July 12, 2006

  1. Action Alert - Barbara Boxer's PAC for Change
  2. The Parades, the Peas Candidate
  3. Dueling protests in Blue Hill
  4. Reading of the Names in Portland
  5. Don't Waste Your Vote on Republicans
  6. We need your help, now more than ever
  7. Calendar of upcoming events

1. Action Alert - Vote for Jean in Sen. Barbara Boxer's PAC for a Change contest

Sen. Barbara Boxer (D-CA) has a Political Action Committee (PAC for Change) that is running a contest to "choose which promising Democratic challenger for the Senate that we're going to support next." A similar poll was done for House candidates.

Boxer's web page continues: "Like before, the winner of our online vote will be featured in a fundraising email to our PAC for Change community. So your vote, and the votes of your friends and family, are critically important."

This is a great way to get this campaign on the national radar screen. But we need your help, and soon!

Please cast your vote HERE. The online polls close at 11:59pm PDT on Friday, July 21st.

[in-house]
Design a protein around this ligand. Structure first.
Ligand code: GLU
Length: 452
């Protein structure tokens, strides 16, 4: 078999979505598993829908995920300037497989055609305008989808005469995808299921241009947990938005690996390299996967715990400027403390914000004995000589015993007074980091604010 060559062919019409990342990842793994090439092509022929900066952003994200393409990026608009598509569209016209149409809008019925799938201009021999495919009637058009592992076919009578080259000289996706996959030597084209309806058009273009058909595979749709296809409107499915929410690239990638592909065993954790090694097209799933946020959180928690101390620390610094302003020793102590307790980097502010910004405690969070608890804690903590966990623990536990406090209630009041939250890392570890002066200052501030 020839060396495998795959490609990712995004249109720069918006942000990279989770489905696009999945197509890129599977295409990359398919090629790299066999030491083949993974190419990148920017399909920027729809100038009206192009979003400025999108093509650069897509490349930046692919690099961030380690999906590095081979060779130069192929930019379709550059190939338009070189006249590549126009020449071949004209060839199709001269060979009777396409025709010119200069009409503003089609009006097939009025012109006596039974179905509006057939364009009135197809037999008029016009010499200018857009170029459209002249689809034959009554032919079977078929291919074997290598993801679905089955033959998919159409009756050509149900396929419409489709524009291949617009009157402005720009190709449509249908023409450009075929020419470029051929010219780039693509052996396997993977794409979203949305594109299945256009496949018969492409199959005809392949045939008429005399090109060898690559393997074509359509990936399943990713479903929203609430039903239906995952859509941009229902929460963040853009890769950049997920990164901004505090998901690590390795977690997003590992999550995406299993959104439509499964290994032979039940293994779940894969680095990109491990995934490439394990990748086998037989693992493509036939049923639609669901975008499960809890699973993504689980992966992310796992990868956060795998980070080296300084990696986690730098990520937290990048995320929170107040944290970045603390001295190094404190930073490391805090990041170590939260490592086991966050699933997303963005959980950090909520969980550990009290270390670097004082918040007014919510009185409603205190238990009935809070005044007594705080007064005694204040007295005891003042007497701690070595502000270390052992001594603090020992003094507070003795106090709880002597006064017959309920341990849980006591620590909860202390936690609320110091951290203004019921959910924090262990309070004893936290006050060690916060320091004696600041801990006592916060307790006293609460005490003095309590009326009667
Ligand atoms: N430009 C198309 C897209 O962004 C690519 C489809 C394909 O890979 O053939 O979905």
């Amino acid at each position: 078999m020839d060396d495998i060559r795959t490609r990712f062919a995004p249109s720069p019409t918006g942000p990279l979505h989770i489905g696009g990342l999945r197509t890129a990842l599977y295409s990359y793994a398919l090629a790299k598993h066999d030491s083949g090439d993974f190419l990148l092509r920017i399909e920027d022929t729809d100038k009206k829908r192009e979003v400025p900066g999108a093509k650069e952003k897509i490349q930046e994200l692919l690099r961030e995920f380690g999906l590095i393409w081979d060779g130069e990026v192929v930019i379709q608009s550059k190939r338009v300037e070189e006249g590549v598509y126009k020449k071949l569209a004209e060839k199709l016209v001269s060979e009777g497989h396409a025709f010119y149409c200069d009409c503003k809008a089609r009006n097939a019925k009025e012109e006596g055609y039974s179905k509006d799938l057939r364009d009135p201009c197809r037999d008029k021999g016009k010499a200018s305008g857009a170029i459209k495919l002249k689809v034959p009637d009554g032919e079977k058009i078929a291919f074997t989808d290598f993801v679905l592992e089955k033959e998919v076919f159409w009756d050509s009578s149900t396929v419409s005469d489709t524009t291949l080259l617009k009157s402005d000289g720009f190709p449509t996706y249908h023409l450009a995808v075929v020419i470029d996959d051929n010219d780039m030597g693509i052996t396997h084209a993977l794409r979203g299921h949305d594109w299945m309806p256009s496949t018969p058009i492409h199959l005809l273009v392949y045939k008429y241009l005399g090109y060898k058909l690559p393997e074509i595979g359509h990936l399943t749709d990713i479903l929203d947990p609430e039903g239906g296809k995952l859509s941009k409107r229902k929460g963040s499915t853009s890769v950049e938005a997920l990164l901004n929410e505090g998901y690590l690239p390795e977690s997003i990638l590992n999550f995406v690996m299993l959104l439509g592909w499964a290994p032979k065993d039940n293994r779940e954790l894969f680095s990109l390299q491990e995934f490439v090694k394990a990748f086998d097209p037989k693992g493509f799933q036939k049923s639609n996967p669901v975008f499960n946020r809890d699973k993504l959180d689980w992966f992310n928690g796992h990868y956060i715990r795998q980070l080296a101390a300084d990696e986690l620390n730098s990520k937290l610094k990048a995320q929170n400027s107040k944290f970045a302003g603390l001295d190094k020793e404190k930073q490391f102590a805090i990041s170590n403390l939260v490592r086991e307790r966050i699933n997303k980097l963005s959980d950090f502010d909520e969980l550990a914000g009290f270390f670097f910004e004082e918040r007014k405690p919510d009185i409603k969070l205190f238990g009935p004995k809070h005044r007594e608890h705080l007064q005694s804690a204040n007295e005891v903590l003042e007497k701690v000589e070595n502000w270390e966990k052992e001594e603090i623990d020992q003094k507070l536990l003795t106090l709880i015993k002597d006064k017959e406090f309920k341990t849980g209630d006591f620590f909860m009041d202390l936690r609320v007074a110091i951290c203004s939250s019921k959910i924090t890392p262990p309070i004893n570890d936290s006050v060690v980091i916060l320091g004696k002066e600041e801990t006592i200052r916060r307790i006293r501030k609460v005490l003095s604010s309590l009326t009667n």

2. The Parades, the Peas Candidate

It's clear - Jean Hay Bright is the Peas Candidate. We've passed out our own organic fresh shell peas in five parades so far this summer, in Boothbay Harbor, Strong, Madawaska, Bangor, and Lisbon Falls, and they've been a real hit.

The half-bushel basket we use has signs on it that say "Jean Hay Bright says Give Peas a Chance."

Most of the adults get it. The kids don't care, they just like the peas.

(We passed out all the peas we had during the Fourth of July parade in Bangor, so I didn't have any left to take on the plane when Governor John Baldacci, Congressman Mike Michaud and I flew to Eastport to catch their wonderful Fourth of July parade later that day. Sorry about that, Eastport.)